To try to publish or not…Duh? That is not even the question.

aaduna continues to pride itself on providing a publication platform for emerging writers and especially those creative folks who have not been published. Now, this position is not to suggest that we only publish emerging or new writers or that we consider non-publication as a factor in assessing work under our read and review protocols. In fact, we have had people submit work to us at the point where they have never been published, and by the time we seek to publish their work, a colleague publication has bestowed “published writer/poet” on those individuals before us. While we are disappointed when that scenario plays out, we understand that submitting work is a daunting, as well as fear-driven and anxiety ridden task. In addition to what the submitter experiences, all too often, “author publication fears” serve as the primary obstacle that limits the public’s eventual access to new, intriguing and inspiring work. And that is why Michael Mohr’s recent published piece is very important and a worthwhile and compelling read.

Michael Mohr (photo provided)

Mohr contributed two essays to aaduna’s winter-spring 2015 issue. But the purpose of this post is to encourage you to read his piece in the July 14, 2016 MASHstories edition. The title of his piece…”Understanding Literary Rejection” is a primer to those aspiring writers, emerging creative folk, and others that puts, in appropriate perspective, the publication process and why aspiring writers need to place their work into the dynamic vortex of external review. Please…

Enjoy Michael’s perspective, and if you want more of his unique analyses, please check out his essay, “Are You a Writer or an Author” in aaduna’s winter-spring 2015 issue.  Here is a brief excerpt from that particular Mohr piece:

Sitting at a round table at the front of the stage in Peacock Court, I turn around, gulping, and face her, face the woman who represents the separation between being a writer and being an author; between being successful and falling face-first on literary concrete; between signing a three book deal with Harper Collins and trying to self-publish my novel: the woman who has the ability to change my whole life.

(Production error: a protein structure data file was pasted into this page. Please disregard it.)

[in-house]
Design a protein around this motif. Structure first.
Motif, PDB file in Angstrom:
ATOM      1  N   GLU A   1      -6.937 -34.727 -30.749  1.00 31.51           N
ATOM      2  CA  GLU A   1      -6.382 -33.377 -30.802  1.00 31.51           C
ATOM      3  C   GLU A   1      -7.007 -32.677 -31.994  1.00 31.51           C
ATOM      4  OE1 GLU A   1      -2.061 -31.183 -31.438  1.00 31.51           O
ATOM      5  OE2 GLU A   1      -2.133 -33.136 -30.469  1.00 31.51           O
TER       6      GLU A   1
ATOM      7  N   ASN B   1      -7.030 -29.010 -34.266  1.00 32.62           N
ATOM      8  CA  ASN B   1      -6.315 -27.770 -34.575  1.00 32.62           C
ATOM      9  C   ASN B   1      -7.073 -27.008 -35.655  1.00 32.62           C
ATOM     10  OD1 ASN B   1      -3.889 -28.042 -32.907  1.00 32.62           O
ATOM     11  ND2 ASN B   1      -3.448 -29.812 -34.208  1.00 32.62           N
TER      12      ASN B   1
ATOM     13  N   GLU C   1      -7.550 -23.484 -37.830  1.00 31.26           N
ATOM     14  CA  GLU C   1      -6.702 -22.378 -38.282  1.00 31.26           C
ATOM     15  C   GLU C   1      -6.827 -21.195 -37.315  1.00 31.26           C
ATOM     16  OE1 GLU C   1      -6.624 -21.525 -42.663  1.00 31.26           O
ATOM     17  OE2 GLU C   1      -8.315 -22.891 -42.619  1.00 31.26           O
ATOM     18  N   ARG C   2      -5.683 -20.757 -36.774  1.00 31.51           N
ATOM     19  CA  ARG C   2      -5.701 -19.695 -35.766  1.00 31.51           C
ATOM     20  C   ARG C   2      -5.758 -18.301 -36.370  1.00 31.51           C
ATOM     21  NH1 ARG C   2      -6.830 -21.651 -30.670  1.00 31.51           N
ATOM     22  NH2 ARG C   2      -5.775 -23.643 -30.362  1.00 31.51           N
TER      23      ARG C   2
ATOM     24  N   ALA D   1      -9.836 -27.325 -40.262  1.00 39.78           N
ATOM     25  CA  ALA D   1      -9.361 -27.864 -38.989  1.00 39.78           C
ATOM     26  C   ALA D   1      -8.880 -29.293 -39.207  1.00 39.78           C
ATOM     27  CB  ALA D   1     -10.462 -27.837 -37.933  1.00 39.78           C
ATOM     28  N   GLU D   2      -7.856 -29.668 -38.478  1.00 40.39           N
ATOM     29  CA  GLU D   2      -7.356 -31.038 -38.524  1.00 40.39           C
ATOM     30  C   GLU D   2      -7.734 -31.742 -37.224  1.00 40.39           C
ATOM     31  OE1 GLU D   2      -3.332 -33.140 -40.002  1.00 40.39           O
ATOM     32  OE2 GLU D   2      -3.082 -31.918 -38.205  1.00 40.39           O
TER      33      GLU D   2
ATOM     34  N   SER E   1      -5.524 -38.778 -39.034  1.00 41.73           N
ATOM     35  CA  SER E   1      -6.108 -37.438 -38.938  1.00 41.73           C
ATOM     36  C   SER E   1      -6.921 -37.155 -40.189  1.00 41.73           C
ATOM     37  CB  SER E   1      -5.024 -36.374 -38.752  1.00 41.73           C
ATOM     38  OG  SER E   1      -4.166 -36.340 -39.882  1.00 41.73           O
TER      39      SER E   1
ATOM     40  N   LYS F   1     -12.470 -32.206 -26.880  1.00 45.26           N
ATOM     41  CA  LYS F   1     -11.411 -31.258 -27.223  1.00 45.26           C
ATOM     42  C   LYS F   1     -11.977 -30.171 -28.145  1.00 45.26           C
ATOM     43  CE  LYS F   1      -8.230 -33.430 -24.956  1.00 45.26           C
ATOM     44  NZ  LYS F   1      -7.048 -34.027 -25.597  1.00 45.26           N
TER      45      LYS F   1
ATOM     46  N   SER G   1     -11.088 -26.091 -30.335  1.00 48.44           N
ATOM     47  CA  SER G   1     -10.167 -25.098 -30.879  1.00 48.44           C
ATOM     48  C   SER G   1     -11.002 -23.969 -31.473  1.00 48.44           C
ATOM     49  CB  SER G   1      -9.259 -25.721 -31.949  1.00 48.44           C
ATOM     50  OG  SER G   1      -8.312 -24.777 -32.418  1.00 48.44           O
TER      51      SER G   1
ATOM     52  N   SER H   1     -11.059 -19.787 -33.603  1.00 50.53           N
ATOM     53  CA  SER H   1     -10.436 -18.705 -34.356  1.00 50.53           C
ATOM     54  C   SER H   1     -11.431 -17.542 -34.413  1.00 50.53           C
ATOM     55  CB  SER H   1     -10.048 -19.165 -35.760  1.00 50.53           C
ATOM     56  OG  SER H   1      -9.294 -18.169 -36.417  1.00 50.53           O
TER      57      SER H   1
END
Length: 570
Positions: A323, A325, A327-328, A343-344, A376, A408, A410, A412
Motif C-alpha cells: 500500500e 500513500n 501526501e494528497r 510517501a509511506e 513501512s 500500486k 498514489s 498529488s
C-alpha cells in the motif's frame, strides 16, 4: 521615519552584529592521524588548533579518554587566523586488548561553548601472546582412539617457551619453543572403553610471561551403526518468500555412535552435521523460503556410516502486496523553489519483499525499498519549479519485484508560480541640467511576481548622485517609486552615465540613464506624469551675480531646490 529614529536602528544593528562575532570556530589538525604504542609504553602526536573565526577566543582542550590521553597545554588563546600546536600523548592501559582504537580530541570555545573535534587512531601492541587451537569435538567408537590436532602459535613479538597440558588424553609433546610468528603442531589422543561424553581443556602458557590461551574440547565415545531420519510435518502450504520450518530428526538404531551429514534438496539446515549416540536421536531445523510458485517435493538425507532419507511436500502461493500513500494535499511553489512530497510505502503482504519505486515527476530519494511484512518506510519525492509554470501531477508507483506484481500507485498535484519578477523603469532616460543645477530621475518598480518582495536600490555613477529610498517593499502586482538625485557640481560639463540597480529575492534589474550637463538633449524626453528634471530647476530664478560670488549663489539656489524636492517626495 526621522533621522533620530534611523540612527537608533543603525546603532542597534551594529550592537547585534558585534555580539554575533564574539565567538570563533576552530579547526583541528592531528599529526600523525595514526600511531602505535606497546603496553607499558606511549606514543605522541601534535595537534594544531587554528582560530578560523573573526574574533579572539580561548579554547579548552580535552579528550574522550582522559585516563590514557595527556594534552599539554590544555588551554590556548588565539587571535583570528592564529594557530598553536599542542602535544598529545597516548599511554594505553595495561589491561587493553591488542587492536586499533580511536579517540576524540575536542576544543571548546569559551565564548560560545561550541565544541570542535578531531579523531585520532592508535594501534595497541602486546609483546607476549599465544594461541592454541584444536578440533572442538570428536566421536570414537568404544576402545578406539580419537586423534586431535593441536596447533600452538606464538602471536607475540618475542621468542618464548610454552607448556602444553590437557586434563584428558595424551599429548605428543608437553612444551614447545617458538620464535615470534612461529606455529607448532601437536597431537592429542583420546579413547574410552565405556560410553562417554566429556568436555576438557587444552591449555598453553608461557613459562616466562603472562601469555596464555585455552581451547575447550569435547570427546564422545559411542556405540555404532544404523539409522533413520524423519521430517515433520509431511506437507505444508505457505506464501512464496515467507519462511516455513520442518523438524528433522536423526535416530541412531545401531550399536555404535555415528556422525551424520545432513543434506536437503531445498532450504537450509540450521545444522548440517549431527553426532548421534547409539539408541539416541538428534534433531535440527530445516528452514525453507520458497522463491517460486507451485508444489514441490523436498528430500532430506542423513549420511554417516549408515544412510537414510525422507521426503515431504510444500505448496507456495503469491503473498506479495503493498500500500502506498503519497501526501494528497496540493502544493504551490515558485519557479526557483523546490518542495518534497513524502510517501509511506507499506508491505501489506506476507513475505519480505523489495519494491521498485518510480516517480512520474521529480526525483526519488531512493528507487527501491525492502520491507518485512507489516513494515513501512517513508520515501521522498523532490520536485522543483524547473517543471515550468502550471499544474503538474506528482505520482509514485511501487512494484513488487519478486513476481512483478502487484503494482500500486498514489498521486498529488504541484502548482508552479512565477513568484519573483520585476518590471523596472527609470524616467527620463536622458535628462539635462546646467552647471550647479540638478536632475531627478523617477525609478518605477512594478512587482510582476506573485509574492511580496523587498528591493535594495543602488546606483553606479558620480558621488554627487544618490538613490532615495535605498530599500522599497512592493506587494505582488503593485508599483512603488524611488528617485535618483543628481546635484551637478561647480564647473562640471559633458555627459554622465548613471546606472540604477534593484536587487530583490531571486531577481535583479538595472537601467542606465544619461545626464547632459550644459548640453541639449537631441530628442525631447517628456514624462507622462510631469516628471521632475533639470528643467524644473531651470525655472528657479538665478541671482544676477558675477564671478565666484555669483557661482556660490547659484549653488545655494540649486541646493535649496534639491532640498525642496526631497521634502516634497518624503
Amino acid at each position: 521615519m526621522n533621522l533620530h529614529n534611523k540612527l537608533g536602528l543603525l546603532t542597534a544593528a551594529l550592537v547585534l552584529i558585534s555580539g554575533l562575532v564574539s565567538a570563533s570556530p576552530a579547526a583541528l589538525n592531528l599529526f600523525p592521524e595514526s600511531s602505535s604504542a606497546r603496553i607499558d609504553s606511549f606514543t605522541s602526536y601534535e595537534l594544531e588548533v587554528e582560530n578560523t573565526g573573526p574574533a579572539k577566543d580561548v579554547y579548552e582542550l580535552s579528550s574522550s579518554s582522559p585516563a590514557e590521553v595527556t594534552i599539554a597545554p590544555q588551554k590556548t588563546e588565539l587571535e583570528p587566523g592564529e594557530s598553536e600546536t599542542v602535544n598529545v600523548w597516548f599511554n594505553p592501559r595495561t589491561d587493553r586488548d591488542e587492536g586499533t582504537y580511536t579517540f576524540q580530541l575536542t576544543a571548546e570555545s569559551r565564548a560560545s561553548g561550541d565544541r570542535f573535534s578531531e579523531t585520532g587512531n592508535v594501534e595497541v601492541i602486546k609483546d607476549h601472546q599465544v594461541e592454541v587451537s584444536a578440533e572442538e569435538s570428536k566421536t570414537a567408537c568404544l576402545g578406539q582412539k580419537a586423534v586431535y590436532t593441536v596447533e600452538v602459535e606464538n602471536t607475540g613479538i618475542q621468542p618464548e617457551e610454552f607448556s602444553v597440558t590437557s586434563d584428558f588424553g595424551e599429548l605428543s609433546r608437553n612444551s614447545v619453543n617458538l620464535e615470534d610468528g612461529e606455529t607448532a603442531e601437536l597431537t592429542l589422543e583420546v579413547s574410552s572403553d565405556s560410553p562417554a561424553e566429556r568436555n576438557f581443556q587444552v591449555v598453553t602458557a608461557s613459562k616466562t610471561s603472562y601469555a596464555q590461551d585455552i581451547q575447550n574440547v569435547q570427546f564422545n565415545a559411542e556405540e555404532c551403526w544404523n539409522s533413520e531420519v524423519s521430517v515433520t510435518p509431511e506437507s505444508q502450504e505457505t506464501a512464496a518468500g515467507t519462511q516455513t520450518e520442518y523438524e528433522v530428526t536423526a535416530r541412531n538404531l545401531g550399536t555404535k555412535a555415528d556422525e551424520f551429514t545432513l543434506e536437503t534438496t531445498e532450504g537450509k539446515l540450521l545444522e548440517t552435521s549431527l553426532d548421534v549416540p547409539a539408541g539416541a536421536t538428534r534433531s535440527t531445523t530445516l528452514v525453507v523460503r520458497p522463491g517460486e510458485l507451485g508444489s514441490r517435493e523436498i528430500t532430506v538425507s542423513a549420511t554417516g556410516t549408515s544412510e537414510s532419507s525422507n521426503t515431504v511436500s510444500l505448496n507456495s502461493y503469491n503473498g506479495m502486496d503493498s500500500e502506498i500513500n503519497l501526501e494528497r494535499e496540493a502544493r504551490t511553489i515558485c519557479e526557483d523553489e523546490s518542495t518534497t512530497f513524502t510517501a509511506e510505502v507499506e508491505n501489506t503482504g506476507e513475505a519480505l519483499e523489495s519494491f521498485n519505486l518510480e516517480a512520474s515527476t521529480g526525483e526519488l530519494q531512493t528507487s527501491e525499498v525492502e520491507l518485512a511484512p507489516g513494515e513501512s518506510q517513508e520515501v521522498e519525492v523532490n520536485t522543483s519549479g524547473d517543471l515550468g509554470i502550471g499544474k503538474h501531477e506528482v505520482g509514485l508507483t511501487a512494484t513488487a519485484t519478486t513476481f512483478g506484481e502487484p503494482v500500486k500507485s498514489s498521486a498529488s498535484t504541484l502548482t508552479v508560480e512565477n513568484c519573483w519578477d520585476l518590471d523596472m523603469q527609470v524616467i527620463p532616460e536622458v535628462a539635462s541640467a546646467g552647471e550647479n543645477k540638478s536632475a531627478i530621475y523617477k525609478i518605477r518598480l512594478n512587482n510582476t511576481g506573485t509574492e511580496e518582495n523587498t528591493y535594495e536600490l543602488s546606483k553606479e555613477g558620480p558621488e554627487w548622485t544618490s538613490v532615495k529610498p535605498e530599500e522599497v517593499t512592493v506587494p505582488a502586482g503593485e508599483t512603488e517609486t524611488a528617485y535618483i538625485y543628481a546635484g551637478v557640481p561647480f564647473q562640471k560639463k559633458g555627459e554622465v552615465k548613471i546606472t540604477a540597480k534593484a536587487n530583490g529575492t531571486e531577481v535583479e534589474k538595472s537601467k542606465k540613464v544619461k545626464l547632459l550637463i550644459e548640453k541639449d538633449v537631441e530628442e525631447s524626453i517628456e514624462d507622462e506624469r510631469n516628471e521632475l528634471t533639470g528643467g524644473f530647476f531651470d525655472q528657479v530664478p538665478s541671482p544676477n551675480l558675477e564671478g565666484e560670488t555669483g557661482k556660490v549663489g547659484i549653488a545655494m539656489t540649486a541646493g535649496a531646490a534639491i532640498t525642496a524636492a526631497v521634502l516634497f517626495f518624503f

The woman I’m referring to is literary agent Elizabeth Kracht. The venue I’m referring to is The 2013 San Francisco Writers Conference.
            President’s Day Weekend I got up ridiculously early, Friday, Saturday and Sunday, and left my studio apartment in the East Bay to trek across that hallowed body of water which divides Berkeley from San Francisco, to show up with 350 other writers and attend panels, talks, keynote speeches, classes, and, of course, Agent Speed Dating.
            A writer’s conference is terrifying. Editors, publishers and agents representing many, many firms are present. It is your job as a writer to approach these devils of industry and convince them to want your prospective project. Mine is a 60,000 word debut YA (Young Adult) novel which is somewhere between The Basketball Diaries and Dead Poets Society, mixed up with a good pinch of The Catcher in the Rye. Sound cliché and perhaps beating-a-dead-horse-ish? Well, it’s not. There’s a twist. The story is told through a protagonist neck-deep in punk rock rebellion; existential angst; intellectual questioning. Oh, Jesus: I’m pitching the novel to my reader. Christ! That’s what happens when the conference begins to infiltrate your mind.

That excerpt is from aaduna

Now, go to MASHstories for Michael Mohr’s latest essay, and reflect on “Understanding Literary Rejection.”  Share it with other aspiring writers.  There is no question about that action on your part.  No question.

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aaduna - a timeless exploration into words and images - is a globally read, multi-cultural, and diverse online literary and visual arts journal established in 2010.  Visit us at where we put measurable actions to our words.

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